The impact of PKA on ETC complexes appears to be multifaceted depending on the environment cues. Under hypoxia/ischemia condition, excess of reactive oxygen species (ROS) induces the sequestration of PKA catalytic α subunit into the matrix, and leads to the hyper-phosphorylation of Complex IV and reduced COX activity [114, 128]. PKA phosphorylation on several Complex IV subunits during heart failure may also inhibit OXPHOS by either disrupting the complex assembly or reducing its stability [129]. Taken together, the intra-mitochondrial cAMP-PKA signaling may serve as an acute and local mechanism allowing mitochondria to rapidly adjust energy output in response to environmental stress, and to oxygen and nutrient availability. Under the aerobic condition, the steady stream of CO2 produced from TCA cycle activates sAC-cAMP-PKA cascade, which in turn tunes up the activities of the ETC complexes by coordinating TCA cycle and ETC complexes. While CO2 production is diminished under metabolic or environmental stress, ROS can directly activate PKA to inhibit ETC complexes to avoid excessive ROS production. Of note, Ca2+ can also activate sAC, the principal source of matrix cAMP [96], highlighting a potential crosstalk and synergy between these two common second messengers (cAMP and Ca2+) in regulating energy metabolism.

Intra-mitochondrial cAMP signaling regulates mitochondrial biogenesis

Regulating OXPHOS is not the only way through which mitochondria respond to the cellular and environmental cues. A long-term adaptation of energy homeostasis can be achieved by modulating mitochondrial biogenesis. As previously described, during stresses such as hypoxia and starvation, the cAMP-PKA pathway can suppress mitochondrial biogenesis by inhibiting protein import and mitochondrial fission. On the other hand, the cytosolic cAMP-PKA pathway can also activate the nuclear CREBs and the downstream transcription factors (PGC-1α, NRF), which in turn activates the transcription of mitochondrial transcription factor A (mtTFA, also abbreviated as TFAM) and mitochondrial biogenesis [6, 130]. CREBs are also found inside mitochondria, binding to the CREs on the mtDNA D-loop, and directly regulating mtDNA-encoded gene expression [131, 132, 133, 134]. The translocation of CREBs into mitochondria may be facilitated by chaperones like mtHsp70 [132] or by a process that depends on both membrane potential and TOM complex [134]. Both nuclear and mitochondrial CREB pathways promote neuronal survival in the brain [132, 133, 135], which is consistent with their positive roles in mitochondrial biogenesis.

Matrix cAMP signaling could also exert negative regulations on mitochondrial biogenesis. Human mtTFA can be phosphorylated by PKA, leading to decreased mtTFA-mtDNA interaction and increased mtTFA degradation [136]. Recently, we confirmed such phosphorylation in Drosophila and found that Prune, a mitochondrial PDE, stabilizes mtTFA by down-regulating cAMP levels in the mitochondrial matrix, thereby promotes mtDNA replication [103]. It thus appears the cAMP-PKA signaling acts as a “double agent” to fine-tune the mtTFA level. It promotes the expression of nuclear-encoded mtTFA, while counterbalances this action by negatively modulating mtTFA protein level through PKA-dependent degradation in the mitochondrial matrix. Our finding demonstrates the prevalence of mitochondrial matrix cAMP signaling and provides a new insight into its role in coordinating nuclear and mitochondrial regulation on mitochondrial biogenesis.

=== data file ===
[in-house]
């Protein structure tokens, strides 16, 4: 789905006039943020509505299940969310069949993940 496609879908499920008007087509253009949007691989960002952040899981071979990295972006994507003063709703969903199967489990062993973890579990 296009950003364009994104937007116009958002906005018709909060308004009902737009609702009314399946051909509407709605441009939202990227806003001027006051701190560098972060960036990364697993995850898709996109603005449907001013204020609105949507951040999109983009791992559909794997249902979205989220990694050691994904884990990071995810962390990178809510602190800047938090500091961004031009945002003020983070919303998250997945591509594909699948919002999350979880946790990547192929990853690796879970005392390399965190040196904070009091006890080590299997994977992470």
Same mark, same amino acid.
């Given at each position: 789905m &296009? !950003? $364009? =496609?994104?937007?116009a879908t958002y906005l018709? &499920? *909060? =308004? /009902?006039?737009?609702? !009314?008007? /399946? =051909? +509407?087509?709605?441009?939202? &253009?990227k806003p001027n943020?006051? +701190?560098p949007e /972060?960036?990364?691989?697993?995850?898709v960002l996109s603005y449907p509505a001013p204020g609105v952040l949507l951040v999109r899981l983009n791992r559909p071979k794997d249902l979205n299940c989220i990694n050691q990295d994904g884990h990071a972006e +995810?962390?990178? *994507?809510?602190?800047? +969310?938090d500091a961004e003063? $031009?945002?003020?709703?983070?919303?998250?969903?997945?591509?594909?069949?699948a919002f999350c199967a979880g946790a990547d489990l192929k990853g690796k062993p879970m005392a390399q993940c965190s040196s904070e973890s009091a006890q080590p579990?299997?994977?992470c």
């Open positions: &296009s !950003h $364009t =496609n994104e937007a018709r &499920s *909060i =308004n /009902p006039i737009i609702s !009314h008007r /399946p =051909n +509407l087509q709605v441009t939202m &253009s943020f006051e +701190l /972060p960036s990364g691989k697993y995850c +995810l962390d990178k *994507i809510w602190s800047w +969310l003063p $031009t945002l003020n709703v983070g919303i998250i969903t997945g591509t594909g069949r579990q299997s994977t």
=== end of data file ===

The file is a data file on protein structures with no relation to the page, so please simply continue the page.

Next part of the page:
Future perspectives

Remaining mysteries in the mitochondrial cAMP signaling pathways

The repertoire of cAMP-PKA signaling components identified both on the OMM and in the mitochondrial matrix is growing. New regulations on mitochondrial functions by cAMP-PKA signaling keep emerging. We now recognize that cAMP signaling can respond to extracellular stimuli, intracellular cues or even environmental stresses to modulate a variety of mitochondrial behaviors including energy homeostasis, mitochondrial biogenesis and cell death. The literature also demonstrates the great complexity of mitochondrial cAMP signaling. The compartmentalization of mitochondrial cAMP signaling ensures its specificity. PKA phosphorylation on the same protein under different environmental or physiological context can lead to distinct, even opposite functional consequences, further demonstrating the complexity of mitochondrial cAMP signaling. Meanwhile, cAMP signaling pathway in different mitochondrial compartments (the OMM and the matrix) can work synergistically, and may interact with cytosolic and nuclear cAMP signaling to achieve coordinated and balanced regulations on mitochondrial functions.

The discovery of intra-mitochondrial cAMP signaling in Drosophila not only demonstrates the prevalence of mitochondrial cAMP signaling in metazoan, but also reveals an unknown regulation on mitochondrial biogenesis. However the lack of sACs in Drosophila and C. elegans genomes [102] presents an unsettled issue regarding the source of mitochondrial cAMP in these organisms. It is worth exploring whether there are unidentified AC isoforms that localize to mitochondria in these species. Meanwhile it remains to be determined whether there is indeed an active transport mechanism for cAMP into the matrix.